Market at Bastille

signs

lettuce

tomatoes

flute

peach

market

oeuf

fromage

Food, food and more glorious food at a market in Bastille, Paris. It was very early in the morning (thanks jet-lag) and we got there just as all the vendors were setting up. There was nothing to do but buy a nutella crêpe and perch on a bench waiting for them to open. It was the first time I tried nutella. Or ‘noooo-tella’ as the girl making it said. (As she I couldn’t help but think of Amélie, imagining records being made with a crêpe rake.)

Eventually the market jolted to life, and we bought as much cheese, bread and fruit as we could carry. I don’t think I’ll ever forget the intoxicating scent of fresh yellow pears, stacked high to the stall roof.

Bastille Market – Sundays
Boulevard RichardLenoir, Bastille, Paris.

Sugar fiesta: Fried Cinnamon Tortillas

Fried Cinnamon Tortilla Chips - photo from Chow

The other night we enjoyed another edition of the Wine Cellar’s dinner club. It’s where all the people who work there and the groupies like myself come together and cook to a theme. (Duh, it’s called a pot luck, Amber.)

Anyway, Bastille Day was a huge hit, so this time we all went out  for another country – Mexico! While the others offered amazing salsa, chili and quesadillas, I rustled up a desert of sorts: fried cinnamon tortillas.  They are so easy to make, and delicious like Little Orbit donuts – you must try them for yourself.

Fried cinnamon tortillas

Cooking oil
Cinnamon
Sugar
Tortillas (pre-made is easiest)

Cut up tortillas into small strips, or if you are feeling fancy, get out the cookie cutter. Fry the tortilla strips in oil till golden, then set aside on a paper towel to cool. Mix 1 part cinnamon to 3 parts sugar in a brown paper bag (or a container, but a bag means no mess). Put the now cooled strips into the paper bag and shake-shake-shake until everything is coated evenly. Serve with chocolate sauce, a fruit salsa, or just alone.

Oh and while you’re cooking, put on some tunes. May I recommend Down in Mexico by The Coasters? Made famous by that honky-tonk bar scene in Death Proof, and sure to get you dancing.

Martha’s Backyard

With departure imminent, I am trying to tick all the Auckland boxes I have just never got round to…. One of these to-do’s was a visit to Martha’s Backyard, the local USA food and clothing emporium. I have no pictures of the shop, but a few photos of the bounty and some sub-par junk food reviews!

cheetos

american bounty

  •  Eating Cheetos (for the first time) made me feel like I could understand the inner workings of Britney Spears. It’s corn crack! It makes you do stupid stuff. Like eat the whole packet in one mouthful…
  • I can’t believe there is a cereal version of my favourite imported candy! The Reese’s Puffs look like dog kibble but taste delicious or their own or with milk. Watch out though because they make your entire biosphere smell like peanut butter.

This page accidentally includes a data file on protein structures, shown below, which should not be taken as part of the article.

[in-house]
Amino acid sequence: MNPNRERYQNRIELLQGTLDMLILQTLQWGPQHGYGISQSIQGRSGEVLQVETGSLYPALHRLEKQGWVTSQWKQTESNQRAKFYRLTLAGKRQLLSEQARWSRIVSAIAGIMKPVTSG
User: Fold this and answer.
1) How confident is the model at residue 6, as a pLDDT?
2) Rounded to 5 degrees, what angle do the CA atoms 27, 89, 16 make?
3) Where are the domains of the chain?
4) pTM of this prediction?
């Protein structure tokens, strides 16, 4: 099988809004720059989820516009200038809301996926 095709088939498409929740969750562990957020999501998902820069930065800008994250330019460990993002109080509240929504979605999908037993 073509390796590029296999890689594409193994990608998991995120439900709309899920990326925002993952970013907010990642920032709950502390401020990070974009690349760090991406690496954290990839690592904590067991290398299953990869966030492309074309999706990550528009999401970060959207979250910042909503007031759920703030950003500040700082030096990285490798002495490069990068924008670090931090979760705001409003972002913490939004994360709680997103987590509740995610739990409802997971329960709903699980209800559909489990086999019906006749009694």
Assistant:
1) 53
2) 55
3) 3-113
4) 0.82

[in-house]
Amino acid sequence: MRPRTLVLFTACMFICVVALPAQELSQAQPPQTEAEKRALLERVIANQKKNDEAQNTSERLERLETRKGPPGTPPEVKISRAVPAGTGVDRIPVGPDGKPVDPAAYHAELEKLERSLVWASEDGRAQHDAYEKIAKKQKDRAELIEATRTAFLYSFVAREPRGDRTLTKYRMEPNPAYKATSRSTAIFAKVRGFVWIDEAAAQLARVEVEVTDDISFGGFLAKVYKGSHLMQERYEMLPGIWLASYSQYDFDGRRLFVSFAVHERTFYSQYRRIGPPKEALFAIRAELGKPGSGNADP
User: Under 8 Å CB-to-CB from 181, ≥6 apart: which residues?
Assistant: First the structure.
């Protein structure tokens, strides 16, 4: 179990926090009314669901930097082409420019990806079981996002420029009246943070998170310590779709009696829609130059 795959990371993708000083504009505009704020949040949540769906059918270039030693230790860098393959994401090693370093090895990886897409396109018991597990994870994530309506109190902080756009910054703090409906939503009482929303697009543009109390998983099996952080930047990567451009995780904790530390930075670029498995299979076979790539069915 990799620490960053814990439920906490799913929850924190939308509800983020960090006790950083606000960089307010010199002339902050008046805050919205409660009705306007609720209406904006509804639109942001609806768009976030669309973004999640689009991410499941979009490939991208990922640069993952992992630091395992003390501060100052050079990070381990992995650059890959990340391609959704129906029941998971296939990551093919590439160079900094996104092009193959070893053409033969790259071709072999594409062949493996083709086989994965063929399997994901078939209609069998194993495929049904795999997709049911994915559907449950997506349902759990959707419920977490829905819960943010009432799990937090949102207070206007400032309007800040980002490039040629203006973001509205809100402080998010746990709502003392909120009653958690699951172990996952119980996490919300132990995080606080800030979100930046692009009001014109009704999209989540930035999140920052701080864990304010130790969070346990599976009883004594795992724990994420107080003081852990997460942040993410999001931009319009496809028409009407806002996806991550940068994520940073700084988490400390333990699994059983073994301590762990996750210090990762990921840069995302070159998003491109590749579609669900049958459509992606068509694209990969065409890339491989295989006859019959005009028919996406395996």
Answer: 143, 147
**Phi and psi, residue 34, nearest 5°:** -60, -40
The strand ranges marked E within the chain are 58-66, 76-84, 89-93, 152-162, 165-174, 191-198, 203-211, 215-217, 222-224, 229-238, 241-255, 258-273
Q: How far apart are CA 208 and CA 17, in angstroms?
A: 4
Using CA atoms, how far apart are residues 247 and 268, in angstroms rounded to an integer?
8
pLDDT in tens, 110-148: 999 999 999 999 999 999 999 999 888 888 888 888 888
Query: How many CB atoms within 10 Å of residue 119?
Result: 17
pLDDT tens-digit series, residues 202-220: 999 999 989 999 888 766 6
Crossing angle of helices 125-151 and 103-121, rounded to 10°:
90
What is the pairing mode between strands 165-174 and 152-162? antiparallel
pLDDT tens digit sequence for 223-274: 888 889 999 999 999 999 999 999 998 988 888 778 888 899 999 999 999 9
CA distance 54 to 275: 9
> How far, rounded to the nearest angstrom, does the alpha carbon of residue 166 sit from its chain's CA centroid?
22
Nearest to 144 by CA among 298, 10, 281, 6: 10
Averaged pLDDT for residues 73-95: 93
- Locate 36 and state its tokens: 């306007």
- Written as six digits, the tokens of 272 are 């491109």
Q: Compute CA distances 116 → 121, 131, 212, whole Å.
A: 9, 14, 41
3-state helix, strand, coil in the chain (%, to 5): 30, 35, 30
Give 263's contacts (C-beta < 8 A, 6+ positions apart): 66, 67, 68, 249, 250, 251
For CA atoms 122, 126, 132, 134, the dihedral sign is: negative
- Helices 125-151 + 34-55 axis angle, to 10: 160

• Eat. Spit. Be Happy. I had never imagined sunflower seeds as a snack – these BBQ ones were quite more-ish but were really messy with all the shelling and spitting. Good for mindless TV watching. Or sports.
  • Barnum’s Animals crackers seemed like the poor child’s version of the amazing animal biscuits I enjoyed as a kid in NZ. Our ones had fluro-coloured icing! The circus inspired packaging is super cute though.
  • “MoonPie, you were a let down.”
Moon Pie

There was also some Big Red soda which tasted just like cinnamon bubble gum. Next time? More soda, perhaps some Lucky Charms and wheatie, sugary Life cereal, some of those “smore” flavoured pop tarts (they have a big range), and yes, an essential tub of marshmallow whip…

Martha’s Backyard
A. 114 Lunn Ave, Remuera 1072
T. 09 570 7976

 

 

Soup kitchen

Perhaps one of the signs of a great party is no photos. If so, this little dinner party I hosted last week, a “soup kitchen”, was one of the best. I have only have two snaps to mark an evening defined by big pots of soup, simmering gently on the stove. Thank you to my beautiful friends for supplying: cheap vino for the mulled wine, bread for dunking and great conversation.

If it’s the middle of winter and you’re out to feed a crowd, there is no better path to follow than the way of the soup. I made a creamy cauliflower and potato, and a vegan ‘French’ onion soup (it turns out golden syrup is a good replacement for the more ‘spensy Maple Syrup).

Soup Kitchen

Cauliflower and potato soup

{Adapted from Cuisine magazine}

100g unsalted butter
1 large brown onion, finely diced
2 cloves garlic, finely sliced
1 head cauliflower, cut into florets
4 large potatoes, peeled and diced
1 litre vegetable stock
salt & pepper to taste
3-4 tablespoons Dijon or whole grain mustard
100ml cream

Melt the butter in a large saucepan, then add the onion and garlic. Fry until translucent. Add the cauliflower and potatoes. Pour in the stock and milk. Cover, bring to a gentle simmer and cook until the potato is tender. Optional: a few splashes of white wine. When the vegetables are cooked, remove from the liquid, purée with salt to taste and the mustard. Return to the saucepan and bring back to heat, stirring gently. Serve with cheesy toasted bread for best results.

Yield: 4 servings

 

Cosset

cos·set/ˈkäsit/ verb: Care for and protect in an overindulgent way. Taking refuge from the winter winds that battered the city all weekend, the brunch club ventured out to suburbia out to Cosset, a sweet little café in Auckland’s Mt Albert. And indulge us they did.

Cosset cafe

Cosset Cafe

It’s a warm and cozy place, filled with vintage furniture, stacks of magazines and lots of plants. The counter was stacked high with homemade bread and baking, and the staff were incredibly friendly. You can’t help but feel like you are taking tea in someone’s stylish living room.

Sarah at Cosset Cafe